White v. United States Fidelity and Guaranty Co.

356 F.2d 746 (1966) | Cited 44 times | First Circuit | February 25, 1966

COFFIN, Circuit Judge.

The question presented in this appeal is whether the district court correctly refused to remand this cause to a state court for alleged lack of diversity jurisdiction.

The plaintiff, a Rhode Island citizen, as the result of an automobile accident and subsequent litigation, is a judgment debttor of defendant Evans, also a Rhode Island citizen. Defendant, United States Fidelity and Guaranty Company, a Maryland corporation, had issued a liability policy to plaintiff. Seven weeks before the accident, plaintiff received from Fidelity a notice of cancellation but claims that, because Fidelity had never refunded such unearned premium as plaintiff was entitled to, the policy was in effect at the time of the accident. Plaintiff therefore brought this petition in the Superior Court of Rhode Island, seeking a declaratory judgment which would establish Fidelity's coverage of plaintiff at the time of the accident and direct Evans to seek satisfaction solely from Fidelity.

Fidelity caused the case to be removed to the federal district court. Motions to remand for lack of diversity were made by plaintiff and defendant Evans and, after hearing, were denied by the district court. The case comes before us at this time under the authority of 28 U.S.C. § 1292(b), the district court having recommended immediate appeal and we having granted leave. We affirm the order denying the motions to remand.

The major issue is whether, because of 28 U.S.C. § 1332(c)1, Fidelity shall be deemed a citizen of Rhode Island because its alleged insured, plaintiff, is a Rhode Island citizen. Plaintiff argues that since her petition for a declaratory judgment is a "direct action", and since she, the insured, is not "joined as a party defendant", the statute must apply to this case. Fidelity, on the other hand, contends that the statute refers only to cases brought by an alleged victim of a tort under a "direct action" statute against the liability insurer of the alleged tortfeasor. The district court, correctly we think, accepted the latter contention.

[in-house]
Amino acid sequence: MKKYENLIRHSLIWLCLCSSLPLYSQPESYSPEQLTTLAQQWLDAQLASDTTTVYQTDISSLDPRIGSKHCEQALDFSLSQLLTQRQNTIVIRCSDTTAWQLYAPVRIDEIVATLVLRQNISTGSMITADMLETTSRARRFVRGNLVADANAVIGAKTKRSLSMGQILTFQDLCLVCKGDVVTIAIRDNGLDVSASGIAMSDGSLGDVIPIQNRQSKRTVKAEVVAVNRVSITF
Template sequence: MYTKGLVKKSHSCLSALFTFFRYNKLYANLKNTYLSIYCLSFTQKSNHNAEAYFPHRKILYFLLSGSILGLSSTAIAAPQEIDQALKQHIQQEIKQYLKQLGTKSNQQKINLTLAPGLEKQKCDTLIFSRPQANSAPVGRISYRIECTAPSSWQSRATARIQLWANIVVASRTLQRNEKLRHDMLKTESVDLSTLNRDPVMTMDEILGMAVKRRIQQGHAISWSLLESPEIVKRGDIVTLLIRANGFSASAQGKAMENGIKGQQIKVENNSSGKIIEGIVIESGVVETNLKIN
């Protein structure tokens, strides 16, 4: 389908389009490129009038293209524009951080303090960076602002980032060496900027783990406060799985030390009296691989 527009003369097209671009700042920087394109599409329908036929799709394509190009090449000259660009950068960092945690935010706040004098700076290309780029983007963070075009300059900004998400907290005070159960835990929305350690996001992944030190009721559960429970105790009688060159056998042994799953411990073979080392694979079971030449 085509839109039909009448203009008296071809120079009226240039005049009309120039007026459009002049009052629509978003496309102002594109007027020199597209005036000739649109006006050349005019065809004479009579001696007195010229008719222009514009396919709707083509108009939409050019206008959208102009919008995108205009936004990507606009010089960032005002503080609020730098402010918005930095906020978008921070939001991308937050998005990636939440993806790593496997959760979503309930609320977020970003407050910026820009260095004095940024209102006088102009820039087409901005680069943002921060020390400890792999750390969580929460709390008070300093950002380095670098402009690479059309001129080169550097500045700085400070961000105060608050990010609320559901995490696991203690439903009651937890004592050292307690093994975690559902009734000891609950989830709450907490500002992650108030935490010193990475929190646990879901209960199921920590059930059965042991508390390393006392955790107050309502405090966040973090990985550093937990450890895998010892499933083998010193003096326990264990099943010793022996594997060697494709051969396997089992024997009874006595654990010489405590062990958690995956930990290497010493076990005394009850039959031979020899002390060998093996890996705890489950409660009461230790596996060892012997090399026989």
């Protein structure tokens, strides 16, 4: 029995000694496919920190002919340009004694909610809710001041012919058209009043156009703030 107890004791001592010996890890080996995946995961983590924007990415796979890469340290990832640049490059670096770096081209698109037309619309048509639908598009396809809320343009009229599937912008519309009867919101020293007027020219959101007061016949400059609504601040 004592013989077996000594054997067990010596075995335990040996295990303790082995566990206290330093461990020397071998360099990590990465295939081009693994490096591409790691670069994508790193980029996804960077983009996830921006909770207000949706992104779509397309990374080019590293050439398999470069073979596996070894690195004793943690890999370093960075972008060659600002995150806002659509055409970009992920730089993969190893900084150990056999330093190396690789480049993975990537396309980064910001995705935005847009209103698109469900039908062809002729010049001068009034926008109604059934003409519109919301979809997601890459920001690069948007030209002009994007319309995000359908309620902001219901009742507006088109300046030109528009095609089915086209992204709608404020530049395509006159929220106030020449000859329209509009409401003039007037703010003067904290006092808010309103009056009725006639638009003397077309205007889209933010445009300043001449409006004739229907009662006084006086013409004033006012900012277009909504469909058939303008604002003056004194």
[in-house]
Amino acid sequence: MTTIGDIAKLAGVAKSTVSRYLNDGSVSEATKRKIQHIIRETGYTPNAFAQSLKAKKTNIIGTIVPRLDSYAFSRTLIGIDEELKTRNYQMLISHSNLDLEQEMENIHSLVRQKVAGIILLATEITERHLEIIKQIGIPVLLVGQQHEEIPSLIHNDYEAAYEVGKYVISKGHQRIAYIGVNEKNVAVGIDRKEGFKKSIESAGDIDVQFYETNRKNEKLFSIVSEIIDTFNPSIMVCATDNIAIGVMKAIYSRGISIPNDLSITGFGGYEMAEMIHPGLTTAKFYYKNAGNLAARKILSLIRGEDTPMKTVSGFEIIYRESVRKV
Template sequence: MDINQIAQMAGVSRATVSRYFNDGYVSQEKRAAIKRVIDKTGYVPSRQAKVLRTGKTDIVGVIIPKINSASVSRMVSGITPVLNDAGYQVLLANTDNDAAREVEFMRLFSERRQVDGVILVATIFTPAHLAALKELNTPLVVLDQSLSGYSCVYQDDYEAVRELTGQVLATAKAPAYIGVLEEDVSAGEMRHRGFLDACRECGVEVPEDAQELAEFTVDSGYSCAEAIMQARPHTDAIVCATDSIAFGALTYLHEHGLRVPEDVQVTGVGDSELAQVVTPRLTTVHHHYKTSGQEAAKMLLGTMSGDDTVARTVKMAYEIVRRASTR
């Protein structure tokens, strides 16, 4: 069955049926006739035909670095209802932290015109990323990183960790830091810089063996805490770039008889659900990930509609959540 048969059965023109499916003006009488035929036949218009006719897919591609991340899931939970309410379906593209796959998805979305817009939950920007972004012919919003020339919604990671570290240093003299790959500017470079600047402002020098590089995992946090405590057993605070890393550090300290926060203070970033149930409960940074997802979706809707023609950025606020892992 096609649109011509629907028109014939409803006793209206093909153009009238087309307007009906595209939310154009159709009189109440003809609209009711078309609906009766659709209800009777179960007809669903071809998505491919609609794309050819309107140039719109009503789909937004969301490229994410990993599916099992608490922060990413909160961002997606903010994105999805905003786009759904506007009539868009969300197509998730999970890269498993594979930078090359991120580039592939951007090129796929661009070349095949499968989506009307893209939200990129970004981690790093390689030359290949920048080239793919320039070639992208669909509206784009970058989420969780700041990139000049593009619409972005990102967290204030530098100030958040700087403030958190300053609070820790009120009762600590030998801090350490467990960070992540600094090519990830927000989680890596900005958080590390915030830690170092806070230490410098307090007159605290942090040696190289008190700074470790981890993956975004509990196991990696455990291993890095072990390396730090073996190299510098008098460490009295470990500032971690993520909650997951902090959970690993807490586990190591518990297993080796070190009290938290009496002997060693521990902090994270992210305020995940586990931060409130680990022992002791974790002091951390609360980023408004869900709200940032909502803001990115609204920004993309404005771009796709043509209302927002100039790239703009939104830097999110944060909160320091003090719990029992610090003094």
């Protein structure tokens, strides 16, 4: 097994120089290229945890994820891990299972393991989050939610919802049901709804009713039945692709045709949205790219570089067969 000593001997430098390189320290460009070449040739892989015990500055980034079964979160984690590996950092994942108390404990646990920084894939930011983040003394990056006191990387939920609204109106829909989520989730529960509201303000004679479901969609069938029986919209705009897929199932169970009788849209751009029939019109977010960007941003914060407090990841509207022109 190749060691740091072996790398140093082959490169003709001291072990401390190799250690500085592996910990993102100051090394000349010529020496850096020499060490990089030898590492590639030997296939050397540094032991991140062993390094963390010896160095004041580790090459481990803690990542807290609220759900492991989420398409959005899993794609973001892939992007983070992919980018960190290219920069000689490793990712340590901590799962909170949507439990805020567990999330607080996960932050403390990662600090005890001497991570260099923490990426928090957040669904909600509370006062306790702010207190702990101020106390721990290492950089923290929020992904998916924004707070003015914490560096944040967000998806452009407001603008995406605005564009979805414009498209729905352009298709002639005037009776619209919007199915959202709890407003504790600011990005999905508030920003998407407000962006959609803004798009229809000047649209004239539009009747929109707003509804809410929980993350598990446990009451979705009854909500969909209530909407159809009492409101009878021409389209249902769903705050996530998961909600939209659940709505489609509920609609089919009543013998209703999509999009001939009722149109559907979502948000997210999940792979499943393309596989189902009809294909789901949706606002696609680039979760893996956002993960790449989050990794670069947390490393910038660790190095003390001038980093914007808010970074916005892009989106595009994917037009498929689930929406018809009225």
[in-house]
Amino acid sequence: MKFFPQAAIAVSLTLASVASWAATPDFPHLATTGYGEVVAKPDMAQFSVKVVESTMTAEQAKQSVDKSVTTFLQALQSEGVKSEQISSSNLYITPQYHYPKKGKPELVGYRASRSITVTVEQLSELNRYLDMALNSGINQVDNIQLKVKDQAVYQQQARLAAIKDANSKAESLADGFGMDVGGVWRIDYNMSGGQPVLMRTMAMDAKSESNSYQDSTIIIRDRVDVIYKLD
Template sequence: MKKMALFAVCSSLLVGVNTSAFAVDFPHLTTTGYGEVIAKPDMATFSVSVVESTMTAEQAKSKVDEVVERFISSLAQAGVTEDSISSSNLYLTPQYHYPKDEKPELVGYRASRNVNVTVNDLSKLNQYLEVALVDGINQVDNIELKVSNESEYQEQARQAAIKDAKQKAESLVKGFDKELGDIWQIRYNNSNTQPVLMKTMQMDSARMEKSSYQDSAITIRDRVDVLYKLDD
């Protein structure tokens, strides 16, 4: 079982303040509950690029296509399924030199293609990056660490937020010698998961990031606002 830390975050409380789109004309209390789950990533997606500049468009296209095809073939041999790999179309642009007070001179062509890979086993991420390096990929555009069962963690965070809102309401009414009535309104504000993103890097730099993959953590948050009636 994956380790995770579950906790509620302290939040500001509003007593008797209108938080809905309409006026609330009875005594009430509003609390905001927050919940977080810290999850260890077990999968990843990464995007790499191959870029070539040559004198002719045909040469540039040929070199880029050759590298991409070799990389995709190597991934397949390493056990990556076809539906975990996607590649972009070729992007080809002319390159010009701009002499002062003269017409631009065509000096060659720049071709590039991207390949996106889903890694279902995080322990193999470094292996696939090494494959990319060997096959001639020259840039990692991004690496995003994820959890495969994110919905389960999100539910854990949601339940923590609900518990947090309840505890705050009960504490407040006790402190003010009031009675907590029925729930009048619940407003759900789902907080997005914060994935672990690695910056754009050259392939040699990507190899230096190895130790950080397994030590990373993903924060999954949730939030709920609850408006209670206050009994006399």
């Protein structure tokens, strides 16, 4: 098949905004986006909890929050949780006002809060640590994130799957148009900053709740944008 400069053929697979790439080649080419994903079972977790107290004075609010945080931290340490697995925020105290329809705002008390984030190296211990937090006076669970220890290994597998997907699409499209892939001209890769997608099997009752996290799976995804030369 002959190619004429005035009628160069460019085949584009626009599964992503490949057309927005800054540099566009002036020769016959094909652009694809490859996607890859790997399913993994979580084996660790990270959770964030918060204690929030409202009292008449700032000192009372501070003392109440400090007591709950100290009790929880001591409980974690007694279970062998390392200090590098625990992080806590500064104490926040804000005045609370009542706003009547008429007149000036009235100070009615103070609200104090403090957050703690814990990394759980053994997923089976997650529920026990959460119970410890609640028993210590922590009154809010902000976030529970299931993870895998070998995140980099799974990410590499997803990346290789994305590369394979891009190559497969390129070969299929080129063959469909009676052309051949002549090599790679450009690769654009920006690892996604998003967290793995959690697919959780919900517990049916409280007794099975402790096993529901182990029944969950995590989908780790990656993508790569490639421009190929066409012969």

Since the statute was enacted in 1964, this is apparently a case of first impression, with no precedents directly applicable. There is, however, an abundant legislative history which shows exactly what Congress intended. In the Senate report2 which accompanied the statute, the legislative purpose was set forth succinctly:

"The purpose of the proposed legislation is to amend section 1332(c) of title 28, United States Code, so as to eliminate under the diversity jurisdiction of the U.S. district courts, suits on certain tort claims in which both parties are local residents, but which, under a State 'direct action' statute, may be brought directly against a foreign insurance carrier without joining the local tort-feasor as a defendant."

The report then makes clear that the words "direct action" were used to refer to statutes such as those in Louisiana and Wisconsin which allow a party injured by the negligence of an insured to pursue his right of action against the insurer alone.3 Under the impulse of this statute, according to statistics submitted to the Judiciary Committees of the Congress by the Administrative Office of the United States Courts, the Eastern District of Louisiana was flooded with "direct action" suits against out-of-state insurance companies, accounting substantially for a 50 per cent increase in private cases and a 150 per cent increase in caseload per judge over national averages. This traumatic experience, as an indicator of what might happen elsewhere in the nation, persuaded the Judicial Conference of the United States, the Department of Justice, and the Congress that such cases "do not come within the spirit or the intent of the basic purpose of the diversity jurisdiction of the Federal judicial system".4